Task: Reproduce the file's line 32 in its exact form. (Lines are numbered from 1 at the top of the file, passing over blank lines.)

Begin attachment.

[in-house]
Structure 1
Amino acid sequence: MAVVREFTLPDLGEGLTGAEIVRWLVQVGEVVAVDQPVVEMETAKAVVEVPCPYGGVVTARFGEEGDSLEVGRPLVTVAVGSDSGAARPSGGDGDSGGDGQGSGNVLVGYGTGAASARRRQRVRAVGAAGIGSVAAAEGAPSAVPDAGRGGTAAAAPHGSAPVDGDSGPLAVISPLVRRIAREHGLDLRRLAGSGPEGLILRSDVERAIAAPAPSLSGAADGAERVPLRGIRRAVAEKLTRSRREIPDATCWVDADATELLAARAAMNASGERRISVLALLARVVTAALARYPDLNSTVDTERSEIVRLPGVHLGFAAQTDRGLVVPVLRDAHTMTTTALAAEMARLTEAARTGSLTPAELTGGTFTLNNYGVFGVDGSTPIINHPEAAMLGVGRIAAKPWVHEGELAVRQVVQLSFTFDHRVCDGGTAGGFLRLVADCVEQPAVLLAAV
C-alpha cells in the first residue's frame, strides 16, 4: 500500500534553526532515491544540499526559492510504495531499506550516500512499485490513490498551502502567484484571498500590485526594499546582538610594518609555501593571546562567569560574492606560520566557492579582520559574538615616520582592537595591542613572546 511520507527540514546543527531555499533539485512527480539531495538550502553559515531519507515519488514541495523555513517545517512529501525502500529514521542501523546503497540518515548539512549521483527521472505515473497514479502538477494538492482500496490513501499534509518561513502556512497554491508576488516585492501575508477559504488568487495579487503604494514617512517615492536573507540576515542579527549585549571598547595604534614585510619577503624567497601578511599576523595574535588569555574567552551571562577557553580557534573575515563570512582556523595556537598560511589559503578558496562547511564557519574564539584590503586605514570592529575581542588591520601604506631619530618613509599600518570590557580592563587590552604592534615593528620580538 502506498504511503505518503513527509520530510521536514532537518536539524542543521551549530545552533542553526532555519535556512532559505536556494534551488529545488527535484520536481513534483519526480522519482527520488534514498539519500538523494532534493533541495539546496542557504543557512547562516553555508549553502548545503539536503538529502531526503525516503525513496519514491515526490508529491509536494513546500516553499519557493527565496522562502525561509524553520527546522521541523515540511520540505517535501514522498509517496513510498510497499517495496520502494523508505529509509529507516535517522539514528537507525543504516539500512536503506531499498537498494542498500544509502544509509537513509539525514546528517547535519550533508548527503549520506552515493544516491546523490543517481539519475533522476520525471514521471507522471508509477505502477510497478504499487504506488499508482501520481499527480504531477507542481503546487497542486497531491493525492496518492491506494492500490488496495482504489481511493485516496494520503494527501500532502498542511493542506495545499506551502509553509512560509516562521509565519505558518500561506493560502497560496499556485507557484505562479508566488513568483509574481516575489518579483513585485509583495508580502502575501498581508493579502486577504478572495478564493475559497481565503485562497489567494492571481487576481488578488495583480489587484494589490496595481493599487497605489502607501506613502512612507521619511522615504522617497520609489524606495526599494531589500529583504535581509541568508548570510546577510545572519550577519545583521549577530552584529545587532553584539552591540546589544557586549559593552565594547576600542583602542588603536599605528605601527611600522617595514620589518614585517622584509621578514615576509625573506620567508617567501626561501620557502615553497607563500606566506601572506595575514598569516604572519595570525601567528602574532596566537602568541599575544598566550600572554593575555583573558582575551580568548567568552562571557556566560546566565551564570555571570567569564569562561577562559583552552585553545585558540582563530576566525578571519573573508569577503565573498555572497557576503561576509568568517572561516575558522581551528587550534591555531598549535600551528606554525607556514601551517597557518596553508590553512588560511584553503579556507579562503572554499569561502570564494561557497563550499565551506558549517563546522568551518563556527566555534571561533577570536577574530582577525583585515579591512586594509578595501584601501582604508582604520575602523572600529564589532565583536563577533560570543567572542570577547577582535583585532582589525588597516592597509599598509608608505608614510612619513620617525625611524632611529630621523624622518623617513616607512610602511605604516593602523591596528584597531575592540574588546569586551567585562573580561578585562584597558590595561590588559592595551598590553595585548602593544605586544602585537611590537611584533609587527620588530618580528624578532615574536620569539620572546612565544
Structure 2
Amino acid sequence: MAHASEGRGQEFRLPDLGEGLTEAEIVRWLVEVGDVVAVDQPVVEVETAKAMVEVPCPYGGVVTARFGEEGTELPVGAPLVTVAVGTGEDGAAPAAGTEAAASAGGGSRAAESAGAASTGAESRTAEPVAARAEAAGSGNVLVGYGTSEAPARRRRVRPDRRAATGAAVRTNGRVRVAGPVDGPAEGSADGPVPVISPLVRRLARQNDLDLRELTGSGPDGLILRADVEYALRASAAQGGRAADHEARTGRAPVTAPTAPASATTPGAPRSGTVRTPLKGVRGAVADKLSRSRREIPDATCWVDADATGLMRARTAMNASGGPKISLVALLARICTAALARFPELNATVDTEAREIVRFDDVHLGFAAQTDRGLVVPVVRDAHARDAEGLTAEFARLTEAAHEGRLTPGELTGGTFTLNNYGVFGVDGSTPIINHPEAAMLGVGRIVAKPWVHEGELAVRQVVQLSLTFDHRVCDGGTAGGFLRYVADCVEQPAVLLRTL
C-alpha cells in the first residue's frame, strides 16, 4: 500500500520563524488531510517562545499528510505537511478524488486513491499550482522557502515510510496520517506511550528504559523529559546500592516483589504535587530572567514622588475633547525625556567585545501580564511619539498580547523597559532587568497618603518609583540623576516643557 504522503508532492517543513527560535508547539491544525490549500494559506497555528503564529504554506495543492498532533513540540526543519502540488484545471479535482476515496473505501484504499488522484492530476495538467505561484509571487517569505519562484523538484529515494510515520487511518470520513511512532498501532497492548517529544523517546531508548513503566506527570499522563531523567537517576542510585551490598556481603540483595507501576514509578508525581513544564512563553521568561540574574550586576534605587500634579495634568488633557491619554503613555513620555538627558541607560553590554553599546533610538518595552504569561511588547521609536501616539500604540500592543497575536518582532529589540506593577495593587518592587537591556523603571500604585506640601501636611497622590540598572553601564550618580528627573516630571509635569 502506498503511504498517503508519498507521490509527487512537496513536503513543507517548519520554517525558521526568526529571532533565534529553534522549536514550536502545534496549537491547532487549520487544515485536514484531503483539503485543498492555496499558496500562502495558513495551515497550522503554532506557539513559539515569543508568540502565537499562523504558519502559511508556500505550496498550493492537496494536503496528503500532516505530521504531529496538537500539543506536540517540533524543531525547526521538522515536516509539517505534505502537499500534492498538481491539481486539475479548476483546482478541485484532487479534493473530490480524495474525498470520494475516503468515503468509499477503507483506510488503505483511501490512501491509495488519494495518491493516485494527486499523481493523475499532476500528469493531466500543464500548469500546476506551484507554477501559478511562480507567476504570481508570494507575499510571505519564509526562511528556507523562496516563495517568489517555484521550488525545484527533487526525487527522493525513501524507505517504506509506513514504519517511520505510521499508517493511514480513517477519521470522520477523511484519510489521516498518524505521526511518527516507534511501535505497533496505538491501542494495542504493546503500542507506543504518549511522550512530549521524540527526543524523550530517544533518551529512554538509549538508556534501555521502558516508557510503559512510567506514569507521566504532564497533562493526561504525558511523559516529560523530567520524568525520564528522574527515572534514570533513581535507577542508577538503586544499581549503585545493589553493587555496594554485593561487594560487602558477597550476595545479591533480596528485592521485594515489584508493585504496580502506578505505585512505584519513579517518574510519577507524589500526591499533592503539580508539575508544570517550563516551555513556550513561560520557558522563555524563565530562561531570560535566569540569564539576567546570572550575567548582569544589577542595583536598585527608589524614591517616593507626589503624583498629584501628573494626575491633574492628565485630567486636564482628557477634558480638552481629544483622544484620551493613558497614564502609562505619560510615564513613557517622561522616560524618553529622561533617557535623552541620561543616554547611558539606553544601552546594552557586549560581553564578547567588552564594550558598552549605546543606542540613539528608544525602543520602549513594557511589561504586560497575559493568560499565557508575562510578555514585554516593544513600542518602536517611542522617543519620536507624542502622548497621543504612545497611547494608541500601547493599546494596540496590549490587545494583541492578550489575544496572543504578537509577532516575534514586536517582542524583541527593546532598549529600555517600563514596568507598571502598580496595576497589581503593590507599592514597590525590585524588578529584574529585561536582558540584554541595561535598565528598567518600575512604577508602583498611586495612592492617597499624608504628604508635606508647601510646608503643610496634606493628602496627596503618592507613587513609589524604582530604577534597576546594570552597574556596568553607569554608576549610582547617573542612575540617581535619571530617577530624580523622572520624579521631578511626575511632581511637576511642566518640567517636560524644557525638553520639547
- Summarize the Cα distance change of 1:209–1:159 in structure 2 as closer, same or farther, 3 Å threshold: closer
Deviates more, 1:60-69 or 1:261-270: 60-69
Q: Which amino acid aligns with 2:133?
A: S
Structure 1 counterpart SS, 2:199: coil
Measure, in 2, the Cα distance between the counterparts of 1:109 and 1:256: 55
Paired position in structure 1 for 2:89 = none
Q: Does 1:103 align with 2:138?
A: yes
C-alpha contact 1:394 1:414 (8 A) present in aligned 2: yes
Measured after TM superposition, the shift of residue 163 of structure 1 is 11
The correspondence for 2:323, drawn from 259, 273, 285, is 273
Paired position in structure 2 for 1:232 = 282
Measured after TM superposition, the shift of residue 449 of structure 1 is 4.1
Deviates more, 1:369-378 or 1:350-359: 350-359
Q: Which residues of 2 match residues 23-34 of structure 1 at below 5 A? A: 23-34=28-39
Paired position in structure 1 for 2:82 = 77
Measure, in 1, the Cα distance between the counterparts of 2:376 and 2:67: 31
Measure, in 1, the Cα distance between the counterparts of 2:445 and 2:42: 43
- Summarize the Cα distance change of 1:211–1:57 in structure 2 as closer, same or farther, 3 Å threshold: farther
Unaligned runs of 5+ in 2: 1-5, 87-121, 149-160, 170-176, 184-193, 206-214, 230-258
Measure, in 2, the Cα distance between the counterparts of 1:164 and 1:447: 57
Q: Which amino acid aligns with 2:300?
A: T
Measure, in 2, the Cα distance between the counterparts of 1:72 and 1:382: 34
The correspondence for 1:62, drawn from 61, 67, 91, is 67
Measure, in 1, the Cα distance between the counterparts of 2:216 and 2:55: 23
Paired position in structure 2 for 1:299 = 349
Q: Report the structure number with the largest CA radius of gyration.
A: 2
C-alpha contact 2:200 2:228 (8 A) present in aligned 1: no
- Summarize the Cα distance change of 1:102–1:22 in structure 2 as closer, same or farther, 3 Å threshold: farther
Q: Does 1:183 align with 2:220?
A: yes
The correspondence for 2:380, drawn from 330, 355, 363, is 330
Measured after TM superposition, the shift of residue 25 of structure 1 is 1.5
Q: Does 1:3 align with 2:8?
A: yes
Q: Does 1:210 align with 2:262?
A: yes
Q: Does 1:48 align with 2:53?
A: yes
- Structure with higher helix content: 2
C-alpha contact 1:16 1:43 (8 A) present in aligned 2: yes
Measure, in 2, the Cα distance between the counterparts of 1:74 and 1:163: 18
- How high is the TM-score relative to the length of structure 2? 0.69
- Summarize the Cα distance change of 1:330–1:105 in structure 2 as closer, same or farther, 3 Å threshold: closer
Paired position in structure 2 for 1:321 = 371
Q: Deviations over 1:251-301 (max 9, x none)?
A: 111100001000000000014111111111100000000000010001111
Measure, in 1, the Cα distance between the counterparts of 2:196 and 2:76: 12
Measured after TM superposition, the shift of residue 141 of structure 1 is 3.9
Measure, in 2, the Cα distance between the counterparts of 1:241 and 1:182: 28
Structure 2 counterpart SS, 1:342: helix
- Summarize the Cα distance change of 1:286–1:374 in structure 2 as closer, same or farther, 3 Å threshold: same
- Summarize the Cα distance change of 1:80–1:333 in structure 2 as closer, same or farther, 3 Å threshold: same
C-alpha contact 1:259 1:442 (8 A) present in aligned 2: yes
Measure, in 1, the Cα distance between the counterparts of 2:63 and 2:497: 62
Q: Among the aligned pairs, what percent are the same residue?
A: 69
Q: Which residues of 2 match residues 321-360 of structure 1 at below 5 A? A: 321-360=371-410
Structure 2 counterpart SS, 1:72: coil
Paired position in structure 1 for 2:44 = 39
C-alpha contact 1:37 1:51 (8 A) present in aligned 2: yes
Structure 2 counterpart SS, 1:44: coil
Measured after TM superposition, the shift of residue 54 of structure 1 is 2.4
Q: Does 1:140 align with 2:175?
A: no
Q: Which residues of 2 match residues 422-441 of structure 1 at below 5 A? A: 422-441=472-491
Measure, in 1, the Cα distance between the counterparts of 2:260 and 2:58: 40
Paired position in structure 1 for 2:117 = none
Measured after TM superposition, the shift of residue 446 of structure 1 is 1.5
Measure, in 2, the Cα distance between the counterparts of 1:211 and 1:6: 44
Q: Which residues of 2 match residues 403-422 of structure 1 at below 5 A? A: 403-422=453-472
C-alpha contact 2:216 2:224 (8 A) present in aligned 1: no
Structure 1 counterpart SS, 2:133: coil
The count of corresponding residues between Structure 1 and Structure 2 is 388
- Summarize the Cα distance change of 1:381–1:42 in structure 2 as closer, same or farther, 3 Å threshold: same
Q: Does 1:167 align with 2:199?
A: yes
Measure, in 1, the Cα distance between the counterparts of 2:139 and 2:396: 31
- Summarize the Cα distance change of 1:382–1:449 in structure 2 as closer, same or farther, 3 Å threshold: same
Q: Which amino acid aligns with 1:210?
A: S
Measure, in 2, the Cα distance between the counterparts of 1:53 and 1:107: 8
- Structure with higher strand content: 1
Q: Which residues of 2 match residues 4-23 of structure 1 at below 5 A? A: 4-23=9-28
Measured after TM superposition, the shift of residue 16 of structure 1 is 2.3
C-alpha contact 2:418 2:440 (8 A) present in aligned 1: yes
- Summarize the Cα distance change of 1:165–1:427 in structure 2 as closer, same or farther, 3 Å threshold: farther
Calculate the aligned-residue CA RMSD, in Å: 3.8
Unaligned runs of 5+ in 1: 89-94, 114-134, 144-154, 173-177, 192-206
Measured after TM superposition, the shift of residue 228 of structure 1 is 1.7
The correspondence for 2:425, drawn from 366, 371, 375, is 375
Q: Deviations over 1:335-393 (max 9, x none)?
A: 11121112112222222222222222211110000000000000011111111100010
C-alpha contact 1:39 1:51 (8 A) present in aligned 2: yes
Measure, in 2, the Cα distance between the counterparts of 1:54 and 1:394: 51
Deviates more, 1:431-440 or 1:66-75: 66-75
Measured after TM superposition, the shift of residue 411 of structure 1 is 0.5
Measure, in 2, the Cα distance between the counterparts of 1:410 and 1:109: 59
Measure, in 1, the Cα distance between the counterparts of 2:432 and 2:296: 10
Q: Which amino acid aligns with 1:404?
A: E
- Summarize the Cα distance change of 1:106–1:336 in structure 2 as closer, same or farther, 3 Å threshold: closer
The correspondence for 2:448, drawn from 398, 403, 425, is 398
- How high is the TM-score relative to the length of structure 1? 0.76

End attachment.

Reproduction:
Measure, in 2, the Cα distance between the counterparts of 1:72 and 1:382: 34